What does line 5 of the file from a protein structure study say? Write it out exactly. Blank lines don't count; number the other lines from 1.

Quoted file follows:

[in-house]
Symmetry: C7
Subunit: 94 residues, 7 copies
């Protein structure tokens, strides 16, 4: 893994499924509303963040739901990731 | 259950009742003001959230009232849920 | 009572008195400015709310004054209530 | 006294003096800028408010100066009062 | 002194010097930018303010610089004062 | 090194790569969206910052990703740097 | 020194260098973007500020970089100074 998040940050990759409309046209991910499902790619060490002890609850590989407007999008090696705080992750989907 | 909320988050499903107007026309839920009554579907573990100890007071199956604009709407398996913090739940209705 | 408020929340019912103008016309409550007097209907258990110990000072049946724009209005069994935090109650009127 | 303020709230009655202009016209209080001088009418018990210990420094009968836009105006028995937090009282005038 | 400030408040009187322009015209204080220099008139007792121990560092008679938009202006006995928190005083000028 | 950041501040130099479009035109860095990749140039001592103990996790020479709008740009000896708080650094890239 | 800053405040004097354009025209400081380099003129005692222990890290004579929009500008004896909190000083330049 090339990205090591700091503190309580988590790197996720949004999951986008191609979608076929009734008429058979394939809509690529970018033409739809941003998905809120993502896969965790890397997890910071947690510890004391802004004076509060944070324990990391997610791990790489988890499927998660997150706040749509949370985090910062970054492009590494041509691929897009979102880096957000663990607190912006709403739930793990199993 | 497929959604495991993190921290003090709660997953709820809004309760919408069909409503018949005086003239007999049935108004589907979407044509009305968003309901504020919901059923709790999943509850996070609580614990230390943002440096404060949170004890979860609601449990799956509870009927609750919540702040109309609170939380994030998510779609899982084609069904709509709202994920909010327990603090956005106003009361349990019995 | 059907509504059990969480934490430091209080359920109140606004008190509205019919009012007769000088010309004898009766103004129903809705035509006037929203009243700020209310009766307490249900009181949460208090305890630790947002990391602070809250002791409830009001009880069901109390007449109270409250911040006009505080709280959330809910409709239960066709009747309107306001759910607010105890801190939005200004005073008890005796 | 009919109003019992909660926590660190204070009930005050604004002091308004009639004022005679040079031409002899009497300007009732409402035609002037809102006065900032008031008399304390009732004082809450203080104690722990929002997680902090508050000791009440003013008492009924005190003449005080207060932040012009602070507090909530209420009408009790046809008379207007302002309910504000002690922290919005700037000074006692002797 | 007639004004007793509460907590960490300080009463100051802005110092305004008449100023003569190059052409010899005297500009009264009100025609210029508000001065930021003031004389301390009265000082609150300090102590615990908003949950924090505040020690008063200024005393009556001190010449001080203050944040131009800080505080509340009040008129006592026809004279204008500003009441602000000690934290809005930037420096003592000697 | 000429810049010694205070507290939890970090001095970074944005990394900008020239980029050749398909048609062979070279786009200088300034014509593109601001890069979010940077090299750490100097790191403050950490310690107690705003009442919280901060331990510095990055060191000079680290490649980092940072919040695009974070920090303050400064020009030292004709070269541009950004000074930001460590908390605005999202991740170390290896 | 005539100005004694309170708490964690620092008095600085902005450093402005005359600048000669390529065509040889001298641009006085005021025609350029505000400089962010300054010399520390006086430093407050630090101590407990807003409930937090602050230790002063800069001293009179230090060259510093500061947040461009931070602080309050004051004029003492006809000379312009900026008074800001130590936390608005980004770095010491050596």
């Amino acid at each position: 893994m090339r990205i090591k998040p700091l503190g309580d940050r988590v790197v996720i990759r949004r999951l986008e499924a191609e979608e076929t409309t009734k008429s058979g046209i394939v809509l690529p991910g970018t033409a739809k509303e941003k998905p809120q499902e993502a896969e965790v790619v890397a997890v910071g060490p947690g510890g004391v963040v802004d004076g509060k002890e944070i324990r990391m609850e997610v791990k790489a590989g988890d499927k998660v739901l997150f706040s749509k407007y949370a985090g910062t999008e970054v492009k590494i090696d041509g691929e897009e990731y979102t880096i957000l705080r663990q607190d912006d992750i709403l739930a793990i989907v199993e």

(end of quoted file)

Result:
């Amino acid at each position: 893994m090339r990205i090591k998040p700091l503190g309580d940050r988590v790197v996720i990759r949004r999951l986008e499924a191609e979608e076929t409309t009734k008429s058979g046209i394939v809509l690529p991910g970018t033409a739809k509303e941003k998905p809120q499902e993502a896969e965790v790619v890397a997890v910071g060490p947690g510890g004391v963040v802004d004076g509060k002890e944070i324990r990391m609850e997610v791990k790489a590989g988890d499927k998660v739901l997150f706040s749509k407007y949370a985090g910062t999008e970054v492009k590494i090696d041509g691929e897009e990731y979102t880096i957000l705080r663990q607190d912006d992750i709403l739930a793990i989907v199993e």